The second edition is somewhat larger than the first edition, it containing 55 additional pages. The basic structure of the book is similar to the 1st edition, the chapter titles are identical, and, like the previous edition (as well as a good film or a good novel), one must read the preface and the first chapter to understand what Dr. Rapini is attempting to achieve.
In that chapter, Dr. Rapini lays the groundwork for the remainder of the book. It serves as the point of orientation for the reader who is looking to solve a diagnostic dilemma, as it provides differential diagnostic lists. For instance, if one identifies interstitial dermatitis under the microscope, he needs to turn only to chapter 1, page 20, that headlines that condition. There, it states the following:
“1.65 Interstitial dermatitis
This is defined as the unimpressive presence of inflammatory cells scattered in the spaces between collagen bundles in the dermis, as opposed to the more common perivascular dermatitis (1.109). It is not as dense as nodular and diffuse dermatitis (1.91) or lichenoid dermatitis (1.72). Of course, many of these other patterns may have a few interstitial inflammatory cells, but the list here primarily includes those where interstitial inflammation is the major finding.
Erythema marginatum (3.1 and 12.2)
Granuloma annulare (7.1)
Interstitial drug reaction (3.5)
Interstitial mycosis fungoides (24.1)
Sweet’s syndrome (3.7, usually more diffuse)
Well’s syndrome (3.8, usually more diffuse)
Intertriginous eruptions (see Axilla 1.10 or Groin 1.55)”
The numbers to the right of the listed conditions refer to subsequent chapters to which the reader can refer to “drill down” to specific findings. The website version of the book recapitulates this almost exactly, but one downside on the website is that it does not provide hyperlinks to each condition listed above, which would have been a great enhancement. As it is, it is similar to the book but even easier to navigate.
The beauty of Dr. Rapini’s method of orientation is that it provides an “in the moment” experience for anyone who is sitting a microscope and attempting to solve a diagnostic problem.
Do you see “pale epidermis”? If so, go to chapter 1, and there is an item by that name. Here is what it says:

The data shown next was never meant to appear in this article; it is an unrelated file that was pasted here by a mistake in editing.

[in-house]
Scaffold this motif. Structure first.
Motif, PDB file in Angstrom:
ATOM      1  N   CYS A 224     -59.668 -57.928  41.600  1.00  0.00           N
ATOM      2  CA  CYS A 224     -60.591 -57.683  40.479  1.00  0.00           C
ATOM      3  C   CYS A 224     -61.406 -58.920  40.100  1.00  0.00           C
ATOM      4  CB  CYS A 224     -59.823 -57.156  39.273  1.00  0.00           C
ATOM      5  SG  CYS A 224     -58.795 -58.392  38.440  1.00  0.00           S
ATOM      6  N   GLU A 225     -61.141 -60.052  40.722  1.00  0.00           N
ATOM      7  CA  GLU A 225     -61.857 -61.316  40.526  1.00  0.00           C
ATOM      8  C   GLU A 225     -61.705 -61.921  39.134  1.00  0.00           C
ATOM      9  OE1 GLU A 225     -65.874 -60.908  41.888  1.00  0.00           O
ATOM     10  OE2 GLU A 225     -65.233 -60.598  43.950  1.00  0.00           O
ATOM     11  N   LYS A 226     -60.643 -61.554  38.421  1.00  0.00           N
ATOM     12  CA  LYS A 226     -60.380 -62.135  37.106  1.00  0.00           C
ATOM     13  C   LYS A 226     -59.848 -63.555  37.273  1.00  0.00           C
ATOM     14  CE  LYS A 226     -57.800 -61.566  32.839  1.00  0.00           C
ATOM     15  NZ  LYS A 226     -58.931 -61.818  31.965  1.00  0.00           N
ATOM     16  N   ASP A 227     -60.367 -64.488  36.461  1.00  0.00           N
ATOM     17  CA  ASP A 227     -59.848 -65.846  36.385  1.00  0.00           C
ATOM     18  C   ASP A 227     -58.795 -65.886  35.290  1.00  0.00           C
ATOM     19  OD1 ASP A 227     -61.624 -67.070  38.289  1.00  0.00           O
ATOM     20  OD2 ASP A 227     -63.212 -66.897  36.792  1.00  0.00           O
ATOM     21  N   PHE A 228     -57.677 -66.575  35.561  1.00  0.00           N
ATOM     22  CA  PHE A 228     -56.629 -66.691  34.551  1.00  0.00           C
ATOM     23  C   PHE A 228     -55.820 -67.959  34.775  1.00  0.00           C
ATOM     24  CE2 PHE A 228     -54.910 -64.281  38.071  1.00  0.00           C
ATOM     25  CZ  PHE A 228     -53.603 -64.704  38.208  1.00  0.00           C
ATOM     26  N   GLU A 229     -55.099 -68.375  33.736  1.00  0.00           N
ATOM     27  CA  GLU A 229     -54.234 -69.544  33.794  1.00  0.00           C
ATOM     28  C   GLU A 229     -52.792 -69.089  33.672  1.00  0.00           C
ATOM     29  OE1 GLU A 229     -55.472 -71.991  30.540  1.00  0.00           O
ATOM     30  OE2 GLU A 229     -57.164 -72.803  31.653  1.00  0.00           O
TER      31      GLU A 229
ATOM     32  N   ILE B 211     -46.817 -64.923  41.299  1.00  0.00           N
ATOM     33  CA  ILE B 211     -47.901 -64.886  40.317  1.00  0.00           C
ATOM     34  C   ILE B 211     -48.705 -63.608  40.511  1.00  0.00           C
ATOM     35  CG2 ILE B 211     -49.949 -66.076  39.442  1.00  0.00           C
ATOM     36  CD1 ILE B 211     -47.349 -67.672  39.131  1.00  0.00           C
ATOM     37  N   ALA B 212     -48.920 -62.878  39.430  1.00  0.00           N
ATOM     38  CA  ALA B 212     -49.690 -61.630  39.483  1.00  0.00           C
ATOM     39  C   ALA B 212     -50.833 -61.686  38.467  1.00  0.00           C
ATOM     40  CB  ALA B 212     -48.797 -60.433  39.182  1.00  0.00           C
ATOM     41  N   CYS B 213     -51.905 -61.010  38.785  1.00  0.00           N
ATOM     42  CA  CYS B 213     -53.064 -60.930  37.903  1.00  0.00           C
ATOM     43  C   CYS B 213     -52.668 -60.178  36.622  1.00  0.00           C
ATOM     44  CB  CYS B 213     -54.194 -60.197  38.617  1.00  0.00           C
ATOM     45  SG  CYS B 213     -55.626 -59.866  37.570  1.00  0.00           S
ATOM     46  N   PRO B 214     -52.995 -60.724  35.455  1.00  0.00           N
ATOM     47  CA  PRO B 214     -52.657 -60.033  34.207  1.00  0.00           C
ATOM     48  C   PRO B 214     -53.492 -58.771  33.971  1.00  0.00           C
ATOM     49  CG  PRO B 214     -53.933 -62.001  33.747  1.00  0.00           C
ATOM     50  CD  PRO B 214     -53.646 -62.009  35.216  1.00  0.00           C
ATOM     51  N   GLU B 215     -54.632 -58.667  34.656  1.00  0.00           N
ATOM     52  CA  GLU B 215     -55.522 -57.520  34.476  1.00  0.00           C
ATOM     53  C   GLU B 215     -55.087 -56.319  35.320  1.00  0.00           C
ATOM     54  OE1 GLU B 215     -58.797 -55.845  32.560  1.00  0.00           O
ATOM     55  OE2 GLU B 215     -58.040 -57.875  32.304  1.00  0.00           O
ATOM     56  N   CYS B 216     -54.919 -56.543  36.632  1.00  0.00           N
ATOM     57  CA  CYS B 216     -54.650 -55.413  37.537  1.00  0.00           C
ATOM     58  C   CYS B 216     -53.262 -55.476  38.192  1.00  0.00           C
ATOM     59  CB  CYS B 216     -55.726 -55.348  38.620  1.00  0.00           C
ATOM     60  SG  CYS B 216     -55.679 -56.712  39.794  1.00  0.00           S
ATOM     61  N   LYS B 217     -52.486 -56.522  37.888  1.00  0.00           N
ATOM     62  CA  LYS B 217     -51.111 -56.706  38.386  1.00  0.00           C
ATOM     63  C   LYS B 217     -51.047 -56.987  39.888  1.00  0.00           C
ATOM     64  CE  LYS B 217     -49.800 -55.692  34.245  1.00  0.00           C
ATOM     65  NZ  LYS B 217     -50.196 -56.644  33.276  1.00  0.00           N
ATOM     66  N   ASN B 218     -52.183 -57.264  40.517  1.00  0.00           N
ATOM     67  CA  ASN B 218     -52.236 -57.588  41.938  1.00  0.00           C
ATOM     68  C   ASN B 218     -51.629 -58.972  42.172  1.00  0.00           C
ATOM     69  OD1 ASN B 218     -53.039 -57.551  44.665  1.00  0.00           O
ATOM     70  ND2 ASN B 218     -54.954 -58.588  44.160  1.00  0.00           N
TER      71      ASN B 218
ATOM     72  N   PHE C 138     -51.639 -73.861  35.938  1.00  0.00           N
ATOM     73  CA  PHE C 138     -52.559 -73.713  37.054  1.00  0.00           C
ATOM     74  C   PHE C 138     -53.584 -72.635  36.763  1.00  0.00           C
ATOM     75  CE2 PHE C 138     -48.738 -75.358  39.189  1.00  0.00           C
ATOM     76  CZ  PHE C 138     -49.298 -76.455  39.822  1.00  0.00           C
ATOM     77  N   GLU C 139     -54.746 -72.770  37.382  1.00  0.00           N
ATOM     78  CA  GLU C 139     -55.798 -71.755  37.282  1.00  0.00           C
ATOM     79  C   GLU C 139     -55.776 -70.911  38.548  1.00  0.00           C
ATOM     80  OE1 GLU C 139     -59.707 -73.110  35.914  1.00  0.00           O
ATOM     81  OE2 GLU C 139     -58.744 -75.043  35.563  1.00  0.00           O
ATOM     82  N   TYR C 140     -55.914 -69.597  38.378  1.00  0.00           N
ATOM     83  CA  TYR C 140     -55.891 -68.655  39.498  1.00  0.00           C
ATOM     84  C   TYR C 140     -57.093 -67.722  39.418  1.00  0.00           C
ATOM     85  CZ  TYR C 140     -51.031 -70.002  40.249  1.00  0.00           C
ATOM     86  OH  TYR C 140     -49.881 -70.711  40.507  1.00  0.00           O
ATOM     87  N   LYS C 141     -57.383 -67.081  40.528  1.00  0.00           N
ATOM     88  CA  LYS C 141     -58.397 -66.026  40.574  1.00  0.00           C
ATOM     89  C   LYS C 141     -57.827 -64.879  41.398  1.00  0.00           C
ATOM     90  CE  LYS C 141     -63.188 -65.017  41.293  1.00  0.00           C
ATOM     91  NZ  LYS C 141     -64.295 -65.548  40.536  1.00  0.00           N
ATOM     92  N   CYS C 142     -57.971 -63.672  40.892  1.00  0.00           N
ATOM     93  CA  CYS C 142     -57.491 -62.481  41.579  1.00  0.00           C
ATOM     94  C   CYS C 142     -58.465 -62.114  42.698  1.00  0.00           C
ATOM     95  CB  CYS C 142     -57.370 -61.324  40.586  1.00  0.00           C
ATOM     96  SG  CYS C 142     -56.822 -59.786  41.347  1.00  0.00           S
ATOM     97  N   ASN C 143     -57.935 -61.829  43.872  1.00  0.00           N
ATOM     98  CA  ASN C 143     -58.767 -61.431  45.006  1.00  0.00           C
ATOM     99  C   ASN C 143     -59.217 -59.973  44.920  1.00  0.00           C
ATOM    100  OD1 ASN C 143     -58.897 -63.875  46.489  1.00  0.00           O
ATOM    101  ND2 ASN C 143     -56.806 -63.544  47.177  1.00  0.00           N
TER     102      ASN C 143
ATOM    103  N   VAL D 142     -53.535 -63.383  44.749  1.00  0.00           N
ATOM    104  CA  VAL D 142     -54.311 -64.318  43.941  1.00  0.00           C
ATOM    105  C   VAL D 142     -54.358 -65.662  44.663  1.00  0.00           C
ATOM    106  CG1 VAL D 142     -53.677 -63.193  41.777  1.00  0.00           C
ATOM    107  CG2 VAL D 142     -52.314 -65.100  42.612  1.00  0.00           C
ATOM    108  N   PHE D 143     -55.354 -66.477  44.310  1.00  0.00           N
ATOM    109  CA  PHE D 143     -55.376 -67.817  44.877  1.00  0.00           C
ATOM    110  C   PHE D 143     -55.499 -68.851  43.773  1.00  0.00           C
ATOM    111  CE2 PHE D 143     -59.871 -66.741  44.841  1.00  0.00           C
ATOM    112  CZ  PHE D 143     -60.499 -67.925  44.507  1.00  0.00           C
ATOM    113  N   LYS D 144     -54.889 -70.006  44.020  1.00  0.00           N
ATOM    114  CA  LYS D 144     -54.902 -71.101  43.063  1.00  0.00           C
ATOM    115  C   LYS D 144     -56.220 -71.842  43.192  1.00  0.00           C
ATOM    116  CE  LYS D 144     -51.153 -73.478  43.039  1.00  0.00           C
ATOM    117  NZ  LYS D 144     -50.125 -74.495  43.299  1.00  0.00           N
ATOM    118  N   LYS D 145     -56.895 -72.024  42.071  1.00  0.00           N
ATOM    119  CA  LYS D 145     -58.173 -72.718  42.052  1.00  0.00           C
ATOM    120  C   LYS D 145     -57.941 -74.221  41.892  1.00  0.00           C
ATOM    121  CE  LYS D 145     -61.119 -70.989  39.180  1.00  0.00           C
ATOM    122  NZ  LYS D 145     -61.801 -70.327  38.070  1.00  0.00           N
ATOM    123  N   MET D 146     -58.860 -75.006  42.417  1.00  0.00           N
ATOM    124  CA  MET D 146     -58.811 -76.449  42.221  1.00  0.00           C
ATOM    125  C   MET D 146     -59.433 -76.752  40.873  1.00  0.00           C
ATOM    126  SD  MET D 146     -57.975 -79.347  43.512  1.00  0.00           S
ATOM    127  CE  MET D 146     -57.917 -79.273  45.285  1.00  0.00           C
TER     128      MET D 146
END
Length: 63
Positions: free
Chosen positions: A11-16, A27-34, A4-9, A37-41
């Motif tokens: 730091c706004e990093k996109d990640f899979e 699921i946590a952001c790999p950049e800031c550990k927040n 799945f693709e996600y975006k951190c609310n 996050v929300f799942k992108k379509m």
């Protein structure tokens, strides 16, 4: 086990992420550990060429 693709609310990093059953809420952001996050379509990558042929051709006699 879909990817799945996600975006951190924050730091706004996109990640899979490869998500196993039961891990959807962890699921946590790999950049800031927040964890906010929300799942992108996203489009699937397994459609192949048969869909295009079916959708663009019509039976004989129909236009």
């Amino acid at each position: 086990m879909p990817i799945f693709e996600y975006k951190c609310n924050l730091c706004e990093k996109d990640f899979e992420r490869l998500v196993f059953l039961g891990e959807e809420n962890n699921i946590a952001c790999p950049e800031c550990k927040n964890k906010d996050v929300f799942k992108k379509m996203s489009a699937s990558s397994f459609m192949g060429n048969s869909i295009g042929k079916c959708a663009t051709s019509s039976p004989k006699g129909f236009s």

“1.99 Pale epidermis
(see also Vacuolization of epidermis 1.144, Clear cell neoplasms 1.22, Pagetoid cells 1.37)
Acrodermatitis enteropathica (17.1)
Hartnup’s disease (2.1)
Necrolytic migratory erythema (3.2)
Of course, if you don’t like the idea of using an empirical findings list like those in chapter 1, there is a 20-page index, mostly in small print. The website also has the index hyperlinked to the sections in the book where the item(s) are found.
Similar to the prior version, the subsequent chapters are organized by topic and contain highlighted “P” areas that provide bullet points of key histopathological findings. The photographs are generally of high quality and are labeled with lines that show and list the specific findings, which is a great help to someone who is just beginning in the field. Additionally, the photographs can be downloaded from the website for use in lectures, etc.
In sum and in short, don’t walk, RUN out to get this second edition of “Rapini.” It is a terrific, useful, and enjoyable book to use every day at the microscope. I believe that residents and fellows in dermatopathology will find it useful, especially when combined with the website, which one can use at any computer or on an iPad. This ~$150 investment is well worth it.
Dr. Hurt is a dermatopathologist who practices in Maryland Heights, MO, USA, and he is the book review editor of Dermatology Practical & Conceptual. Contact him at firstname.lastname@example.org.